IT giants help set a record for Twitter for the nuggets, and in Russia they collect retweets for pancakes in Teremka and forgiveness of the loan.
On April 6, Carter Wilkerson from the US state of Nevada argued with Wendy’s fast food chain that will pick up 18 million retweets to get the company to eat nuggets for free throughout the year.
At the moment, none of Twitter users has set such a record. The most popular (so far) recording is Ellen DeGeneres tweet from the Oscar, with 3.2 million retweets. However, social network users enthusiastically picked up the campaign and launched the hashtag #NuggsForCarter , and also began to attract the attention of millionaire bloggers.
A major campaign breakthrough came when Wilkerson’s tweet scored the first million retweets. They began to write about the amateur nuggets media, and he gave several interviews to local TV channels, which only attracted more attention.
The first of the large-caliber players to Wilkerson drew the attention of the official Apple music twitter, which has nine million subscribers.
Following him, the official Microsoft account reacted, and its authors did not limit themselves to just retweeting, but called on Google and Amazon to join.
Both of the called-up companies picked up the stock and posted the Wilkerson post on themselves.
As the large-scale support action grew, it included show business stars, businessmen, and politicians. Retweet records were made by actor Aaron Paul, a Pewdiepie video blogger (9.8 million subscribers), tennis player Eugenie Bouchard, and even Nevada Governor Brian Sandoval.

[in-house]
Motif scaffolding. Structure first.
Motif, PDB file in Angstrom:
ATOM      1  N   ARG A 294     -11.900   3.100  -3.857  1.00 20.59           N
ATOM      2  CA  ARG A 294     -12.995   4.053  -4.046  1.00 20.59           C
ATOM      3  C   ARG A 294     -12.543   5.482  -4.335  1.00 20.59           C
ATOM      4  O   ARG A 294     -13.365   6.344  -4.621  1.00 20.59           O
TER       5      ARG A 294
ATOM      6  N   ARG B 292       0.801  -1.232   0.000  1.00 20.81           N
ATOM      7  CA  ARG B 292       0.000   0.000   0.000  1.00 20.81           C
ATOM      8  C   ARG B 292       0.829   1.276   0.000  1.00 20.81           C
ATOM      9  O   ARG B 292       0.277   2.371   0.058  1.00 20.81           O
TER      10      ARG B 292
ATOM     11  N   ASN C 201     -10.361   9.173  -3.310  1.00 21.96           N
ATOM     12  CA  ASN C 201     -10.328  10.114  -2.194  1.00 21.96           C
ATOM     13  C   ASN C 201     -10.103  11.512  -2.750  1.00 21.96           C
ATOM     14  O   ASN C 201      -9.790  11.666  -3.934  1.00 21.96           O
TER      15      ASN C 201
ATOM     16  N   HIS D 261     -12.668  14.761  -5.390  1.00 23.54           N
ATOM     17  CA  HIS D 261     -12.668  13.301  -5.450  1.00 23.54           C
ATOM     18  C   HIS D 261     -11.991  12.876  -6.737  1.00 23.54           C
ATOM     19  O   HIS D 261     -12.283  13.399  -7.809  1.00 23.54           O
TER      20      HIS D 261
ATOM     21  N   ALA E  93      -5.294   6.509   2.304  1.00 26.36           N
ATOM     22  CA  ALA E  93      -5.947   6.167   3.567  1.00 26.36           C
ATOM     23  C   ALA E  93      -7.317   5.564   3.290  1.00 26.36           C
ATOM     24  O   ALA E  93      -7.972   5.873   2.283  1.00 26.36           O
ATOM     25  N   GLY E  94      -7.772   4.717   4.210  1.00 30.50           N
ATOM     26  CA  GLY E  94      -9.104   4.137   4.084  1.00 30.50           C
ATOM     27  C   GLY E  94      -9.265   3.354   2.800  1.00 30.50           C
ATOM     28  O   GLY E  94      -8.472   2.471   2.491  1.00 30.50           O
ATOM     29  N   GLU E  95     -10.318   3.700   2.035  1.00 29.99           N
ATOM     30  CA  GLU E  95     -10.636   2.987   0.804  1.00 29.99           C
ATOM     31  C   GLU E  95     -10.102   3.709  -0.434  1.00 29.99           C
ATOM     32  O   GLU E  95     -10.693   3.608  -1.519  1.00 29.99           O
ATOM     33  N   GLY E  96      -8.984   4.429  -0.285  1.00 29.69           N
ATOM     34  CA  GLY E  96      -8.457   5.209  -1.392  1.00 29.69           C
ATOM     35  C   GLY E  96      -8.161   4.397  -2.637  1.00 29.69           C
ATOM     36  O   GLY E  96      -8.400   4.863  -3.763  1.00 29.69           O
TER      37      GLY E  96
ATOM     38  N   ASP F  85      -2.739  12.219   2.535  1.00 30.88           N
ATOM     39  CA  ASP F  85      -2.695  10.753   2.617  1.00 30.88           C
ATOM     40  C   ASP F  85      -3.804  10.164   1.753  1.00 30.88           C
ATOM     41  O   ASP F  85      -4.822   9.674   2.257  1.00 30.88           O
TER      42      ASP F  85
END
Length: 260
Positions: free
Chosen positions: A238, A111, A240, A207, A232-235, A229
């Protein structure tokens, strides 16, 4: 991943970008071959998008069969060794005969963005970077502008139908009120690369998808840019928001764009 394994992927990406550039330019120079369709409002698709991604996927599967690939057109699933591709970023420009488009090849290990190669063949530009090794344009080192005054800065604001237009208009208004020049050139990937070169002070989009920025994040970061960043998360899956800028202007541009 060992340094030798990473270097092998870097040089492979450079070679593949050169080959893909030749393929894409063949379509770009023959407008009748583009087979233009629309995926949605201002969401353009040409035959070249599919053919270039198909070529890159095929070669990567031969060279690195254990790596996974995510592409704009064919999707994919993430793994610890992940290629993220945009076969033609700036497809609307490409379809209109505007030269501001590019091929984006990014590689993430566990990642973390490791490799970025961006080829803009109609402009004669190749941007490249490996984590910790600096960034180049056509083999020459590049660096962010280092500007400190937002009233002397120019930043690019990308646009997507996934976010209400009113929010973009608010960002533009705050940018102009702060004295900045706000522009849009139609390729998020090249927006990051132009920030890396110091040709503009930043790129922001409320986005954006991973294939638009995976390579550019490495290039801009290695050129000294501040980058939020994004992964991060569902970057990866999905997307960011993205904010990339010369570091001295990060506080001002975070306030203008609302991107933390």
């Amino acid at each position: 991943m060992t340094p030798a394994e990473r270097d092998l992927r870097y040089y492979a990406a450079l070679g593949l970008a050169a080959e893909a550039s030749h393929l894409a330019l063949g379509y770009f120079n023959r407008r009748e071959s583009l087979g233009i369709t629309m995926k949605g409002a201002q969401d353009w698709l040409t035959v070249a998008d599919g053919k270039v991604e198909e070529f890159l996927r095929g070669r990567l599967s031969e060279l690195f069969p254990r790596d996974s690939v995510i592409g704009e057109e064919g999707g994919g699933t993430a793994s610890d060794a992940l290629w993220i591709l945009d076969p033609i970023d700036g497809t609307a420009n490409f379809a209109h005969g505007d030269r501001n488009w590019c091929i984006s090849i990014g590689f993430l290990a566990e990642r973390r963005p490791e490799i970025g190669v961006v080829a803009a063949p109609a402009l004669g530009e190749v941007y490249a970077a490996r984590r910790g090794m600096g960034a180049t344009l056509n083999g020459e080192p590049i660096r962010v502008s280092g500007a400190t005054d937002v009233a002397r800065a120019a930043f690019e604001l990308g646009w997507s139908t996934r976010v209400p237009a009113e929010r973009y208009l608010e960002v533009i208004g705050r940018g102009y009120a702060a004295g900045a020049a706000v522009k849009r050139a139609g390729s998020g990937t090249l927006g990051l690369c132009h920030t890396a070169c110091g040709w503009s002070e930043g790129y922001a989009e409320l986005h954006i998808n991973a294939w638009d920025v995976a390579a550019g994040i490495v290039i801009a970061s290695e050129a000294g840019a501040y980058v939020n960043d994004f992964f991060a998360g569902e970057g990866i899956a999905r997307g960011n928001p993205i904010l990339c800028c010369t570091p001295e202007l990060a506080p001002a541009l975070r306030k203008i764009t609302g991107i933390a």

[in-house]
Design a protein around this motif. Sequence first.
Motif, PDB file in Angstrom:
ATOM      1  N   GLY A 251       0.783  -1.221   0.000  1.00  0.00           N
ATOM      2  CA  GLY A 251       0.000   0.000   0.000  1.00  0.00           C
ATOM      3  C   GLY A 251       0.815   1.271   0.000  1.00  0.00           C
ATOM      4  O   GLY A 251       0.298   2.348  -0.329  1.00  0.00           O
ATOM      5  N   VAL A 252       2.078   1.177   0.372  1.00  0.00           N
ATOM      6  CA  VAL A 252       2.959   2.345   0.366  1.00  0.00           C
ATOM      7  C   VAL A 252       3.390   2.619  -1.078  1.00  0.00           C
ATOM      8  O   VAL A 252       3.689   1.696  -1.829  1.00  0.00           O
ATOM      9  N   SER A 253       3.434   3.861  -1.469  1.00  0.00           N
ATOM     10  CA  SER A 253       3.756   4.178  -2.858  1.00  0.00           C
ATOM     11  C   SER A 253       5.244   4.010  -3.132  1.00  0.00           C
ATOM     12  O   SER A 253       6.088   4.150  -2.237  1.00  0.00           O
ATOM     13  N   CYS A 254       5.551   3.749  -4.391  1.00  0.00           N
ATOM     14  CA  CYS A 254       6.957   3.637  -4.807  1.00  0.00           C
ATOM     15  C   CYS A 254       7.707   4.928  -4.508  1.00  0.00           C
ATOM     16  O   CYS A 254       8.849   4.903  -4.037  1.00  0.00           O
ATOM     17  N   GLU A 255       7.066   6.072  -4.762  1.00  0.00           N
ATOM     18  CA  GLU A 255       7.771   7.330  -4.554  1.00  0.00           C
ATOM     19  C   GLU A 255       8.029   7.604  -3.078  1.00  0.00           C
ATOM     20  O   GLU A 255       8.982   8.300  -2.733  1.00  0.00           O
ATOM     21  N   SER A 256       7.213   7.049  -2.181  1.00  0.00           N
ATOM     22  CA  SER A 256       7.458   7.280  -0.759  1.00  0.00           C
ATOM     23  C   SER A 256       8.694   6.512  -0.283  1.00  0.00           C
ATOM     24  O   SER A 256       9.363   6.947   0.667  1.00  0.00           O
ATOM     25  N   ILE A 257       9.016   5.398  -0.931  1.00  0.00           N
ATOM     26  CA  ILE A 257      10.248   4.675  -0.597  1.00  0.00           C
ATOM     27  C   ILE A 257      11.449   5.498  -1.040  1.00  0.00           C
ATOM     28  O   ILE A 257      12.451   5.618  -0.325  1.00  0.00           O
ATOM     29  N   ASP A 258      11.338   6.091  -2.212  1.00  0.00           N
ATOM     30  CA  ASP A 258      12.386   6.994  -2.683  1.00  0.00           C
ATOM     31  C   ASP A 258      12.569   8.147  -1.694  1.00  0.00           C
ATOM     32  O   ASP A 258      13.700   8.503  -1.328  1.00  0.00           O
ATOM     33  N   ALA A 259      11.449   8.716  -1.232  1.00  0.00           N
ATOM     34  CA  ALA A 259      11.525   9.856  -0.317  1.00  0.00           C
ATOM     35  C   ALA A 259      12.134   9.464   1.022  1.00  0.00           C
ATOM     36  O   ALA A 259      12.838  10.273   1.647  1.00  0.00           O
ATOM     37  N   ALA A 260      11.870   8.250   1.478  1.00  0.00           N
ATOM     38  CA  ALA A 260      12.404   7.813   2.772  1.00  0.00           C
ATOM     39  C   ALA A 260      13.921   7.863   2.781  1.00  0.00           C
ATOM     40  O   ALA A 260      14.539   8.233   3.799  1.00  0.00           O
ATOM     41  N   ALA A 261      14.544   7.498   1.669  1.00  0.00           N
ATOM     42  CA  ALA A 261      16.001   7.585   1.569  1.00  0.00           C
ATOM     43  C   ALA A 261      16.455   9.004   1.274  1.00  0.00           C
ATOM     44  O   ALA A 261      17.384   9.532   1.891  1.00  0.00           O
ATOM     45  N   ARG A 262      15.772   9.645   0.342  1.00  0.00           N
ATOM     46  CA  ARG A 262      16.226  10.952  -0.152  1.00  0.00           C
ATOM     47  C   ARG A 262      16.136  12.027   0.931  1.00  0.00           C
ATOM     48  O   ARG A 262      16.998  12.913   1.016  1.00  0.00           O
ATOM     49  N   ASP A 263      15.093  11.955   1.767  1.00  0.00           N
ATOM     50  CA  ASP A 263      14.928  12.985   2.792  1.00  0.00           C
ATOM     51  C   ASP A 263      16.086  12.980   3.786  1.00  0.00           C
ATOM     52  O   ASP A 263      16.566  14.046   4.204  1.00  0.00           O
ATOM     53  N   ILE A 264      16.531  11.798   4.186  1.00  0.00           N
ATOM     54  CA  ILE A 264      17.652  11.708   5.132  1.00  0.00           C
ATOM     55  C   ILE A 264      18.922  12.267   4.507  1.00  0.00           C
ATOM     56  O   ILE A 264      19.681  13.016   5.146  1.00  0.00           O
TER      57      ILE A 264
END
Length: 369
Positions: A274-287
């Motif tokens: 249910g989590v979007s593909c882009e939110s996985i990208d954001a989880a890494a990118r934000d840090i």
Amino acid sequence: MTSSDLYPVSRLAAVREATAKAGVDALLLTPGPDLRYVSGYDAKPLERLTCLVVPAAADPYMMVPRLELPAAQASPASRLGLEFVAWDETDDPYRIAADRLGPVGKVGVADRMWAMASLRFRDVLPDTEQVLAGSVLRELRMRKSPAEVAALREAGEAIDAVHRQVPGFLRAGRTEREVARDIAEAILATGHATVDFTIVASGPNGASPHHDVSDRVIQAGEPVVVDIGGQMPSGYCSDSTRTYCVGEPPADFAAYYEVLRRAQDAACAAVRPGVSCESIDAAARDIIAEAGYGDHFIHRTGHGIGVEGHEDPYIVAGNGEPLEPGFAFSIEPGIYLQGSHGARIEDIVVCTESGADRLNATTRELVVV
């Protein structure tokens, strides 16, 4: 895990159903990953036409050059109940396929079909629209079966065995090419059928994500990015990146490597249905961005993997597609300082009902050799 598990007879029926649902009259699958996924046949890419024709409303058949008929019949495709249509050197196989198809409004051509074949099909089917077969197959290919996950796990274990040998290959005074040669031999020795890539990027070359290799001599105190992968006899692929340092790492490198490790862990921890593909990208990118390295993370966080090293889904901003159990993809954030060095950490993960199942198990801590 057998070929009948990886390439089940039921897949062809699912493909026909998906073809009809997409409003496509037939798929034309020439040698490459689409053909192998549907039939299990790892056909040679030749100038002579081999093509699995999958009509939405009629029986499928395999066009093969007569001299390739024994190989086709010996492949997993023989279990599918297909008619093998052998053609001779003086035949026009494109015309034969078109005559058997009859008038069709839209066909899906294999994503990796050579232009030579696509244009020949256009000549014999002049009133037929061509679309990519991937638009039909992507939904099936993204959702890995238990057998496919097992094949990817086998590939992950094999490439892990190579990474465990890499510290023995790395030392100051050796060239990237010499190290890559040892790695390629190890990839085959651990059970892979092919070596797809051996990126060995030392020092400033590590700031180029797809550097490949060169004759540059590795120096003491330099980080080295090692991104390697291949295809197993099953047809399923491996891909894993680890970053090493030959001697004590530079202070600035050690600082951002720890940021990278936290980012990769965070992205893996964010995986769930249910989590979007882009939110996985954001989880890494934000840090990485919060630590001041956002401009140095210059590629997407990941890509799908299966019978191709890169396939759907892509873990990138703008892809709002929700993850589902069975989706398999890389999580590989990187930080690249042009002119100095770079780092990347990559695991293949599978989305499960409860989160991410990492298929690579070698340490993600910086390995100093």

The campaign also included other companies – the largest retail network selling game consoles and video games GameStop, mobile operator T-Mobile and United Airlines.
T-Mobile CEO John Ledger, who has 3.9 million people on Twitter, went even further and offered to pay Wilkerson a year for Wendy’s nuggets if he replaces the mobile operator.
The largest US airline, United Airlines, not only published Wilkerson’s entry on its blog, but also declared its willingness to expand the conditions of the bet and deliver someone who has 18 million retweets to any city their planes fly to, and which has Wendy’s restaurant.
Finally, the social network Twitter itself, which in its official microblog, to which more than 60 million people have subscribed, published selected moments of the unfolding story, drew attention to the action.
As of April 10, Wilkerson’s tweet scored 2.2 million retweets, which is close to the musician Louis Tomlinson’s second most popular tweet (2.4 million retweets).
Inspired by the example of Wilkerson in the United States, Russian users launched similar campaigns to recruit retweets to get various kinds of preferences from other companies. For example, Tinkoff Bank stated that it was ready to forgive a loan for 50 thousand retweets to Roman Zaripov.
However, Zaripov’s tweet did not acquire such viral popularity – at the time of publication, it was distributed by almost four thousand people.
Pancake network “Teremok” agreed for 50 thousand retweets to treat the blogger who received them for pancakes within a month. Daily in the amount of 500 rubles.
Teremok responded to speed dialing by suggesting an increase in rates.
Against this background, lawyer Sergey D also turned to the network of pancakes.
“Teremok” went to meet the blogger, agreeing to give him a free pancake every day until the end of the year.
Sergey D thanked the company and finally made fun of the user, who began to recruit retweets for a similar result.